Also speaking, the legal representative of the Southern Cameroonians, Abdul Oroh, said the Nigerian government should sue them to court if it feels they have committed any offence. “If you think they have committed any offence in Nigeria that warrants them to being prosecuted, take them to court and then we will take it from there. What is unfolding in Southern Cameroon is a genocide at its early stage…Our concern is that the arrested leaders may be deported to Cameroun. This will mean death for them. Our worry is their liberty, their fundamental right to freedom of association as enshrined in the Nigerian Constitution, African Union Charter and the United Nations Convention. The issue they are campaigning for can be debated but what cannot be debated is their right to freedom of association,” he said.
Genesis of the crisis
The recent outbreak of hostilities in Cameroun has been brewing since 2016, with people from the English-speaking southern part of the country upping the ante in their agitation for self-determination and the government responding by clamping down on them through the security agencies.
For instance, on October 1, a day that Nigeria was celebrating her 57th Independence Anniversary, Cameroon, her eastern neighbour would also have been agog with events marking, for the first time in 30 years, the 56th anniversary of its reunification. But the day was marred by a mass protest in the restive Anglophone regions that climaxed in the killing of 17 protesters as security forces used tear gas and live bullets in dispersing the protesters.
Opposition leader: Cameroun’s main opposition leader, John Fru Ndi, claimed, at the time, that at least 30 people died, while some human rights groups put the death toll at closer to 100 which the government vehemently denied. About 50 protesters were said to have been wounded with over 200 arrested, according to official sources.
Use of excessive force to silence protests
But international rights group, Amnesty International, later confirmed the killing of 17 people during clashes between Cameroonian security forces and the pro-independence protesters. “We have been able to confirm that 15 people have died following… demonstrations in North West and South West,” Amnesty’s West Africa regional officer said in a tweet which subsequently revised the figure to 17.
The group also added thus: “The worrying escalation witnessed over the weekend has now reached a crisis point. The use of excessive force to silence protests in the West and South-West regions of Cameroon is not the solution. All deaths related to these protests must be promptly and effectively investigated.”
Prior to the fatal mass protest, the crisis that gave rise to it had for some weeks been brewing in Bamenda, the North West of Cameroon and Buea, the South of Cameroon. It eventually began with demonstrations led by lawyers and teachers with students in tow. And by September 22, the situation had escalated into massive protests that swept across Cameroon’s Anglophone regions, bringing thousands of people to the streets at a time President Paul Biya was attending the UN conference in Washington.
Indeed, the protests, considered the biggest since the Biya administration came into office three decades ago, went ahead in spite of efforts to contain same through curfews and arrests by security agents. The message of the protesters was simple but firm: After enduring years of marginalisation and neglect of the Anglophone part of the country by the French speaking establishment, it was time for the aggrieved, predominantly English-speaking southern Cameroonians to be granted independence.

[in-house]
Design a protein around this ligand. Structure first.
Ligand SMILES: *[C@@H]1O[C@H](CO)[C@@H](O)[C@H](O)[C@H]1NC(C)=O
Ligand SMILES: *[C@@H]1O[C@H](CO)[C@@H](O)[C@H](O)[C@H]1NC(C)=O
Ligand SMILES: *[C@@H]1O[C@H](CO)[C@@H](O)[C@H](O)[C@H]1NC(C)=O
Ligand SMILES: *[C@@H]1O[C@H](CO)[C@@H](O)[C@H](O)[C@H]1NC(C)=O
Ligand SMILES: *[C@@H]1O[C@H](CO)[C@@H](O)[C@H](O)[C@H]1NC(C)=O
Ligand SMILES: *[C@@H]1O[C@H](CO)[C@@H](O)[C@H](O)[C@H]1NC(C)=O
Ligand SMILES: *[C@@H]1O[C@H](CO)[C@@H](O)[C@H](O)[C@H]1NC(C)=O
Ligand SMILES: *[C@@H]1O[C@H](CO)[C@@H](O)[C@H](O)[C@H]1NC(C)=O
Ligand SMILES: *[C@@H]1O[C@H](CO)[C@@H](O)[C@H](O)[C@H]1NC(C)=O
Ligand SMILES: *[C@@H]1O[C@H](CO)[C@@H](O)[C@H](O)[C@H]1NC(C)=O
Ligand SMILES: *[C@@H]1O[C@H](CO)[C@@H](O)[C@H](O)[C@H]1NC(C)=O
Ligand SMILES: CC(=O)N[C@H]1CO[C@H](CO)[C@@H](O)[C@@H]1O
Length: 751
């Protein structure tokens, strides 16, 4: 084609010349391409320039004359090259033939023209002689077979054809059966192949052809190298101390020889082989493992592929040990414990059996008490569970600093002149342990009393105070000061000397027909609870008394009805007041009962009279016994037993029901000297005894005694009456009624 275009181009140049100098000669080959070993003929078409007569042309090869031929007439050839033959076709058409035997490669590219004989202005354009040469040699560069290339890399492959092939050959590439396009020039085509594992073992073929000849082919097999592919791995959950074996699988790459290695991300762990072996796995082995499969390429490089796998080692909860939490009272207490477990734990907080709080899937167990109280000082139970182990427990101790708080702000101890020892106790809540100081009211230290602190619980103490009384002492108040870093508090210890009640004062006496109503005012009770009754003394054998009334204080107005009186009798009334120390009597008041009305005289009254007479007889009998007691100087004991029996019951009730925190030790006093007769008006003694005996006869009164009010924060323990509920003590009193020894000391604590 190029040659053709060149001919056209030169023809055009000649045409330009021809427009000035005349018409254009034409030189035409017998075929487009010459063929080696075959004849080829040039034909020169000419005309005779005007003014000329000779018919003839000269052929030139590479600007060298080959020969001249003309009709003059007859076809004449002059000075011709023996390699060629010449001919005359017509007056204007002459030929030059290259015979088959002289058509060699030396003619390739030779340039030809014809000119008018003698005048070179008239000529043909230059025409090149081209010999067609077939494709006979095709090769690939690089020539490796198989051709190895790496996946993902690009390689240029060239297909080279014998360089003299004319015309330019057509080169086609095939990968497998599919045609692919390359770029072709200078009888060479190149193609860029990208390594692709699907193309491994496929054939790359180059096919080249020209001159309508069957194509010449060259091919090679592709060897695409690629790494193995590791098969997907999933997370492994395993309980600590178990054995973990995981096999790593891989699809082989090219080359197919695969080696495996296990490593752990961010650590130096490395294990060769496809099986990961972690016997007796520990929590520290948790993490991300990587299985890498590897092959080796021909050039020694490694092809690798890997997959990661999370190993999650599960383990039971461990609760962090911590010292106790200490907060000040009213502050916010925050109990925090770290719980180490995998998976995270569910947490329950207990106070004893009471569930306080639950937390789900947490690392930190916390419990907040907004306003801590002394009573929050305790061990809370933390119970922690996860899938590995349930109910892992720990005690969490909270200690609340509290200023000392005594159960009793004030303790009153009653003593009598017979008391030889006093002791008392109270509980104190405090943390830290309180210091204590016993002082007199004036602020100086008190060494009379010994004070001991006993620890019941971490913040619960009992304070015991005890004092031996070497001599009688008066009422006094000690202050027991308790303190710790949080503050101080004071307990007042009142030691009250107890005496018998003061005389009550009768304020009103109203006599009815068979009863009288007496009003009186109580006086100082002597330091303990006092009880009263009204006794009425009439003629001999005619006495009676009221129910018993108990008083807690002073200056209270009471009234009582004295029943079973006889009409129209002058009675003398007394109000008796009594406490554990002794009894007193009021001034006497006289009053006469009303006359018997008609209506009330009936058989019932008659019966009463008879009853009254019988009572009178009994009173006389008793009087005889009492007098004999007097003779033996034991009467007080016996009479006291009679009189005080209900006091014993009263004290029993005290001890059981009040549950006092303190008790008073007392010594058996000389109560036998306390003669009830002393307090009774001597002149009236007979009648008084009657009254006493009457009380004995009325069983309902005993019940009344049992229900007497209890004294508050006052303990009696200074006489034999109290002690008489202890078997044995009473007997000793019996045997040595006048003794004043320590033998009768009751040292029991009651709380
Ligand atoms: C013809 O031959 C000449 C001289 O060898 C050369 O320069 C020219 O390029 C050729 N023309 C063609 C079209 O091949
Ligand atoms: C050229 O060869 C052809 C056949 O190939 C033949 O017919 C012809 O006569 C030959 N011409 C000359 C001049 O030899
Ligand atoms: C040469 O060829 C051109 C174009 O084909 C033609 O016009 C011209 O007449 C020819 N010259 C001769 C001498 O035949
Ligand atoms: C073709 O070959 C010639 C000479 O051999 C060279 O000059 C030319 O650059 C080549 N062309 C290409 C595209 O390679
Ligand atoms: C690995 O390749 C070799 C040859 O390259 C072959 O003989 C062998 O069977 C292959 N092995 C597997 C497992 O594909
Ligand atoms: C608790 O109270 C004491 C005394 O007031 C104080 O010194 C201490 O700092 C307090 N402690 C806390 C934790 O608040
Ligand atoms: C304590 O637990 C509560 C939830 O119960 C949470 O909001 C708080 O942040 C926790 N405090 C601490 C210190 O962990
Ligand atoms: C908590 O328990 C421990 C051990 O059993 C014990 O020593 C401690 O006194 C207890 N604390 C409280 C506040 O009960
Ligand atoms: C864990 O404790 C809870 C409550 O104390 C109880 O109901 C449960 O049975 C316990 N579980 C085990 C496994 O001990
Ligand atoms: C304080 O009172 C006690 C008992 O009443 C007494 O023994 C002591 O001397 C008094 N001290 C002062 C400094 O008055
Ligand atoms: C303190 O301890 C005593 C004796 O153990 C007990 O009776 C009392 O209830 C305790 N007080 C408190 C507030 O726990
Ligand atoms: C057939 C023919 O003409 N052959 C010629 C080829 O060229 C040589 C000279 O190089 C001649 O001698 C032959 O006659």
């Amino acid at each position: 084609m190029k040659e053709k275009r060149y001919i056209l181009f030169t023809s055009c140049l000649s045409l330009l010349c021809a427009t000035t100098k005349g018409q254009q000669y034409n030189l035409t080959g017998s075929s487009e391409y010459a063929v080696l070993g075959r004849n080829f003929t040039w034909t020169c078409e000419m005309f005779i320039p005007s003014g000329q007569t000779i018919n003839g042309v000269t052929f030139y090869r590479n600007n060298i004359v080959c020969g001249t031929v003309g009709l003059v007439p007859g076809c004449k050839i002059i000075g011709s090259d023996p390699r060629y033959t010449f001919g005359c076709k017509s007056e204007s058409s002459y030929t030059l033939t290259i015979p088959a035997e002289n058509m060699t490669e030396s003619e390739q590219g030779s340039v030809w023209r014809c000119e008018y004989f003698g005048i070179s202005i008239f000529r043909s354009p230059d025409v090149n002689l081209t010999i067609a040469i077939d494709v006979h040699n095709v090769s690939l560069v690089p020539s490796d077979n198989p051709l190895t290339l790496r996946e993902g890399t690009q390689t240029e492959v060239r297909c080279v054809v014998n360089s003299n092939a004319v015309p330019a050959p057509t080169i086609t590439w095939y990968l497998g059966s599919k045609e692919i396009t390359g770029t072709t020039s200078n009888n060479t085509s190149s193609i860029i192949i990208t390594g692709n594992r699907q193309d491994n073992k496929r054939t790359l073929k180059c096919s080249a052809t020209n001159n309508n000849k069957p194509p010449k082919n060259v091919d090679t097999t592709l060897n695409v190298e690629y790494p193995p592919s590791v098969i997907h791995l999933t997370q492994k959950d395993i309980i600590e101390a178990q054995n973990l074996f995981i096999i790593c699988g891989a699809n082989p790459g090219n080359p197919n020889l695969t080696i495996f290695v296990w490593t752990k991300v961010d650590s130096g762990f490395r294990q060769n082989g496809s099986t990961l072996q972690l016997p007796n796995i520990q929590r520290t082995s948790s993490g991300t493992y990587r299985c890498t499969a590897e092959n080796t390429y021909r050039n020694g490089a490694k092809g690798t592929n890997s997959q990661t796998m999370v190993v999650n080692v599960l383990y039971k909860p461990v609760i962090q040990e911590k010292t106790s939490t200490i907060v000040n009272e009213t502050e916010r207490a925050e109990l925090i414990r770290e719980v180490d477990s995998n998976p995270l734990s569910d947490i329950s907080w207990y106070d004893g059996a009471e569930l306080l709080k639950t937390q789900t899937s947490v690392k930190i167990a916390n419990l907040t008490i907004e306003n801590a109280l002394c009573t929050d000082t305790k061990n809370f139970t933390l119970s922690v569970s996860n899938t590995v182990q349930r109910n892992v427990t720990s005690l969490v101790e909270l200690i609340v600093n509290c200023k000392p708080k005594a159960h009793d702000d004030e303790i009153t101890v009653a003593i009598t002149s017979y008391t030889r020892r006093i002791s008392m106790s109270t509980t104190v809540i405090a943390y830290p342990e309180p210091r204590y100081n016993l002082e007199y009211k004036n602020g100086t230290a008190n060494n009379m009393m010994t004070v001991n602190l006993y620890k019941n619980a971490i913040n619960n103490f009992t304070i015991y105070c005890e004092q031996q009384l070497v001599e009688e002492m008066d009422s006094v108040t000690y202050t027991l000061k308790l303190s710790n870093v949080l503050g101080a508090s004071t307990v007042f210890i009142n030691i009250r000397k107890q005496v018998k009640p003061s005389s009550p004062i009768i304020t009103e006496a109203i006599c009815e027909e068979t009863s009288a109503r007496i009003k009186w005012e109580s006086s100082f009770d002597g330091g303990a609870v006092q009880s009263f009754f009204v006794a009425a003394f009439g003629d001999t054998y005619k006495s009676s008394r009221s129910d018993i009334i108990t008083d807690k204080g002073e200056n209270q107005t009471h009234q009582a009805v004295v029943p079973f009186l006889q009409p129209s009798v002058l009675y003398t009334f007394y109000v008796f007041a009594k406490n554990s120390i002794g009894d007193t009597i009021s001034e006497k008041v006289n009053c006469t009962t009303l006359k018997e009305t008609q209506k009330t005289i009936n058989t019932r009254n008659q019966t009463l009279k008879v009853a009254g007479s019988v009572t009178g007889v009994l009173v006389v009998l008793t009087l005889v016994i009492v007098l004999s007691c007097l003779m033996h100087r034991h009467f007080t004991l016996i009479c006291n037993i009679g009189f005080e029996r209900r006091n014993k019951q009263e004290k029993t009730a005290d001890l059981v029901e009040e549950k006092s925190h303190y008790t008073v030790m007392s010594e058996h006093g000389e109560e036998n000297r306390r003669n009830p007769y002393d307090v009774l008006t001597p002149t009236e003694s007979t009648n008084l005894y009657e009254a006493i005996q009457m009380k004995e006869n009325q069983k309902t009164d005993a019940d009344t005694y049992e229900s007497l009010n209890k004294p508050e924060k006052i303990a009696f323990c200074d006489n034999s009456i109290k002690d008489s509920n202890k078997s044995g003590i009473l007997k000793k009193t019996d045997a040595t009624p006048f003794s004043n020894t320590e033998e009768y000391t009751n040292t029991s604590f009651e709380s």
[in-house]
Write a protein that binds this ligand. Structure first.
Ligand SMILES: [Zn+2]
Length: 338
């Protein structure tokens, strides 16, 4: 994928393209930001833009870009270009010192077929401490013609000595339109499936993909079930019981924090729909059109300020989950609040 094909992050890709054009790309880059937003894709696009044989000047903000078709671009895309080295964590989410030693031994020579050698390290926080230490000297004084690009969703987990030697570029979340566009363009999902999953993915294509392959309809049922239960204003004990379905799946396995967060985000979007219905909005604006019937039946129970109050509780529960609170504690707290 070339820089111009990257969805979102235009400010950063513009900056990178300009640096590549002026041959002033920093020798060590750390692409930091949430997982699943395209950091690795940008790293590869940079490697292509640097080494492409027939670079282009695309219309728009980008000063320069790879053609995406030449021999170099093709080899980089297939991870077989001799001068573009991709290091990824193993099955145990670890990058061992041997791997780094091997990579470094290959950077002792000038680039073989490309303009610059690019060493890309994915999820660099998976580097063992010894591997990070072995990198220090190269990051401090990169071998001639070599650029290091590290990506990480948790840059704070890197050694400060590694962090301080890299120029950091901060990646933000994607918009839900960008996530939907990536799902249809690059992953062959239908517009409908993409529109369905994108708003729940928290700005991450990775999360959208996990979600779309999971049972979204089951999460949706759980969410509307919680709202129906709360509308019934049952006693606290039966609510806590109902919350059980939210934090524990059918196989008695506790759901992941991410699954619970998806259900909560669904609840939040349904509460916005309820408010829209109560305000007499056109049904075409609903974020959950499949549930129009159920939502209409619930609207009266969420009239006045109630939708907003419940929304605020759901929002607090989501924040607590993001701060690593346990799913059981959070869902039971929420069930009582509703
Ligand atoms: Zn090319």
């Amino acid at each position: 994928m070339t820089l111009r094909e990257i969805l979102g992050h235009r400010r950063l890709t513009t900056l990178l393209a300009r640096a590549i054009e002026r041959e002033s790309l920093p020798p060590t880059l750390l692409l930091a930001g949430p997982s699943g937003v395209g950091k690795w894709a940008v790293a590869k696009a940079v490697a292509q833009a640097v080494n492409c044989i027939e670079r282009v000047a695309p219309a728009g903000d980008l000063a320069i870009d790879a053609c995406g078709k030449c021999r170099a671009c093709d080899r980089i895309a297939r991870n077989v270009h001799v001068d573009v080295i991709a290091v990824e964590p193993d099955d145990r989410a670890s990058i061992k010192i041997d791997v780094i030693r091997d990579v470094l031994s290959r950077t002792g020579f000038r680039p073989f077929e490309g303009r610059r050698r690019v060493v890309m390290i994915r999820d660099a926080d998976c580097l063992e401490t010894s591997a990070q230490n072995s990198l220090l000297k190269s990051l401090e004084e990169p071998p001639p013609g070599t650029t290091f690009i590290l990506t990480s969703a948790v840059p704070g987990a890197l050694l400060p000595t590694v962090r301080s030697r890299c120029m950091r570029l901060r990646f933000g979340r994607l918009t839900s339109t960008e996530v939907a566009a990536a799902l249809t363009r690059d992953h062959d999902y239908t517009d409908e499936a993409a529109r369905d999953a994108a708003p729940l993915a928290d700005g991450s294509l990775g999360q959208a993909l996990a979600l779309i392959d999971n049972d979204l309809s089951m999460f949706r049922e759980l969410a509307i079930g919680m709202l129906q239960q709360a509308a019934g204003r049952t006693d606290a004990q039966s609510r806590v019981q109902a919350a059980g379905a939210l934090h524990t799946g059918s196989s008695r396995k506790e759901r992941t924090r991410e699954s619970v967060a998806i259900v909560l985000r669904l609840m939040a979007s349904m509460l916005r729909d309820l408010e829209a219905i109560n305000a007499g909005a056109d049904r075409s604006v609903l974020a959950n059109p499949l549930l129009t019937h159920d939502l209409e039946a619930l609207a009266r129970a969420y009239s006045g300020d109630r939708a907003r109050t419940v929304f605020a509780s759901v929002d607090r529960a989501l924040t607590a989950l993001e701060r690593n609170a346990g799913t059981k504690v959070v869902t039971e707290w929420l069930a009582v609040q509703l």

Indeed, for the activists, rather than Cameroon celebrating the anniversary for unification, the day, October 1, was more appropriate to declare Southern Cameroons/Ambazonia a country in fulfillment of their long clamour for independence which will effectively bring an end to over 50 years of living together as a nation with the predominantly French-speaking east Cameroon.
Cameroun government’s response
Hostilities erupted on Sunday October 1, 2017 when separatists symbolically declared their independence by social media with Sisiku Ayuk describing himself as the “president” of Ambazonia. And in his words: “We are no longer slaves of Cameroun…Today we affirm the autonomy of our heritage and our territory.”
The Camerounian authorities had earlier tried to pre-empt the development by announcing a temporary ban on travel and public meetings across the English-speaking Southwest Region and imposing a curfew in the neighbouring Northwest Region.
Government was also said to have initially tried to douse the prevailing tensions by appeasing the separatists, failure of which led it into banning the activities of the Cameroun Anglophone Civil Society Consortium and the secessionist movement, the Southern Cameroons National Council, arresting some of their leaders who he accused of conducting actions contrary to the Constitution and aimed at undermining State security.
Reacting to the development in his country, Cameroun President Paul Biya, however, dismissed the separatists as criminals who he vowed to severely deal with and put an end to their activities. Biya spoke against the backdrop of the recent reported killings of two policemen and four soldiers, bringing the total number of security agents allegedly killed during attacks by separatists in the region to ten.
“I learned with emotion of the murder of four Cameroonian soldiers and two policemen in the south-west of our country. I think that things are now clear to everyone. Cameroun is the victim of repeated attacks by a band of terrorists claiming to be part of a secessionist movement. Faced with these attacks of aggression, I assure the Cameroonian people that all measures are being taken to end these criminals’ ability to do harm,” the Camerounian leader was quoted to have said. The President’s response in this regard obviously fuelled more hostile reactions from the separatists. The reason for this is not far to seek.